'New York Sun' may need Santa's help before long

 

ON WALL STREET: Newspaper people are by long tradition terrible business people, as Michael Wolff, media analyst of New York magazine, reminded readers last week. He made the comment in an essay on the launch of the New York Sun, a five-day-a-week metro broadsheet which is now available on news stands in the Big Apple, competing with the New York Times and two tabloids.

After giving it a few weeks to settle down and show its colours, New Yorkers seem inclined to the view that its backers have indeed made a terrible business decision. Nor would it be the first time for one of the most prominent investors. Media tycoon Lord (Conrad) Black of Crossharbour, who has twice before tried to get into the New York media market with failed bids for the Daily News and the weekly Observer, recently lost $300 million (€328 million) on his Canadian newspaper, the National Post.

The Sun, which has attracted $20 million in backing according to its founder Seth Lipsky, seems on the face of it to be a bad bet. It is aimed at conservatives in a liberal city. Its 12 pages include no weather forecast, no sports coverage and no television listings. It has an editorial staff of fewer than 20 compared to more than 100 in the New York Times metro section alone. At 50 cents it costs twice as much as the bulky New York Post.

The broadsheet relies heavily on agencies and syndication. On one typical day, seven of its 26 news stories were generated by staff, three came from the Daily Telegraph syndication service, one from the Jerusalem Post and the rest from AP and Bloomberg (the Daily Telegraph and the Jerusalem Post are owned by Hollinger International of which Lord Black is chairman).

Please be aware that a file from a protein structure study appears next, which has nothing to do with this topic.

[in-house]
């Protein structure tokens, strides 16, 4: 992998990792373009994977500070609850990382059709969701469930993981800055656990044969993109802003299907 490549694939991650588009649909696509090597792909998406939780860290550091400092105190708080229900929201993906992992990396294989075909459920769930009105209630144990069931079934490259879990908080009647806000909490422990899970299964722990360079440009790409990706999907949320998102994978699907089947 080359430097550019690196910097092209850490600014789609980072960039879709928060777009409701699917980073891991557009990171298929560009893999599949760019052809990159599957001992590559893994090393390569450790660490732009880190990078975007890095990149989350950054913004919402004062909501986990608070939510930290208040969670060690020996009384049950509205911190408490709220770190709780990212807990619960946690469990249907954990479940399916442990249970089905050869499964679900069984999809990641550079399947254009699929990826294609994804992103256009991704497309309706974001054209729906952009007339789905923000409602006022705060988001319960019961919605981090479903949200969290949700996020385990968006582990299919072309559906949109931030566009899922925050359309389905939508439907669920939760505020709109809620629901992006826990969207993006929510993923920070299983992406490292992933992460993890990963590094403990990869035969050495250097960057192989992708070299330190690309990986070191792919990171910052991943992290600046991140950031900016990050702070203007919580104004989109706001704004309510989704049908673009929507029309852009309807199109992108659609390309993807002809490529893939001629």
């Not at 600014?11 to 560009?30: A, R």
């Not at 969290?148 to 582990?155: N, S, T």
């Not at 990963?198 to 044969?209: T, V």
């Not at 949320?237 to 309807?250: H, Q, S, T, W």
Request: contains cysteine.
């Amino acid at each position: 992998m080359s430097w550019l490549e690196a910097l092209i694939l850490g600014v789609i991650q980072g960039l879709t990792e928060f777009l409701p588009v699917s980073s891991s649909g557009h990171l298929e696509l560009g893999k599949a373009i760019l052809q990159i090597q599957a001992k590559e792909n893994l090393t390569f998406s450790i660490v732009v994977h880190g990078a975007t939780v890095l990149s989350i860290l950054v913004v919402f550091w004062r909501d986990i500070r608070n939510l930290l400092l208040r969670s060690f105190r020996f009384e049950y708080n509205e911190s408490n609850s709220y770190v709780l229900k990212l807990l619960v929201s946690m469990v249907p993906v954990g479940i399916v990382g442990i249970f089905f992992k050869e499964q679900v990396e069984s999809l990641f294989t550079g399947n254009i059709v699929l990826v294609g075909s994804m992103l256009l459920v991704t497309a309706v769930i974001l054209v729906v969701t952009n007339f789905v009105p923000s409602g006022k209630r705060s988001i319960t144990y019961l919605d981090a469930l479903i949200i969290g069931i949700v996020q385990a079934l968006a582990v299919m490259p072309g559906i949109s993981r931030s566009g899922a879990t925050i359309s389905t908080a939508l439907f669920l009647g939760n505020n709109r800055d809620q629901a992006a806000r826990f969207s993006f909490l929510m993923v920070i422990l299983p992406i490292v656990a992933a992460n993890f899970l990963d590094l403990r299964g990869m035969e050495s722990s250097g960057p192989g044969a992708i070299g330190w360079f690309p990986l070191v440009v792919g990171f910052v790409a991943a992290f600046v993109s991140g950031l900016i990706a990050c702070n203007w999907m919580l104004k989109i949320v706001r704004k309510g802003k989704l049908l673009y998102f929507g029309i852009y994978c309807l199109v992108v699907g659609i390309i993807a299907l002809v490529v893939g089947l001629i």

Much of its fashion, arts and dining coverage comes from a free website called Dailycandy.com.

Where, one might wonder, is its appeal then, the key to future commercial success? Mr Lipsky said the Sun would champion limited government, individual liberty and constitutional fundamentals. This has translated into a heavy slant towards political and cultural conservative issues, and in particular, uncritical coverage of what a Sun editorial headline called "The War Against the Jews". As an example of its uncompromising stance, the Sun has compared US humanitarian aid for the Palestinian Authority to the collaboration of Swiss bankers with Nazi Germany.

There is a niche market for that kind of stuff in New York. Rabbi Haskel Lookstein in Manhattan exhorted his congregation to take out subscriptions to the Sun as an alternative to the New York Times, which many conservatives feel is not sufficiently pro-Israel. But it is not a very big niche, as acknowledged by the modest print run of 60,000 compared to New York Times daily sales in the city of 320,000, and many would say it has already been filled by the Post which is very sympathetic to Israel.

Launched at a party hosted by Tina Brown, editor of the ill-fated Talk magazine, the Sun does not expect to make a profit for three to four years, according to chairman Roger Hertog, vice-chairman of Alliance Capital Management. A cursory read on any day shows that it is attracting few advertisements.

Interestingly, however, the arrival of the Sun coincides with changes at the New York Times and the Wall Street Journal, which have abandoned peaceful co-existence to compete for the high-end advertising markets. The Times has beefed up its business coverage while the Wall Street Journal has encroached on the preserves of the Times with a weekend leisure section and a daily Personal Journal.

The point Martin Wolff was actually making about newspaper people being bad business people was that the Times and Wall Street Journal might be missing the point - that they are distinctive and beloved brands with loyal audiences that are in better shape than behemoths like AOL Time Warner, and that trying to become something bigger and better may not be that smart, and that the Sun might actually shine longer than forecast.

However it is worth recalling that the last New York Sun, which expired in 1950, is remembered for its 1897 editorial proclaiming "Yes, Virginia, there is a Santa Claus".

On present showing the new version may need him before long.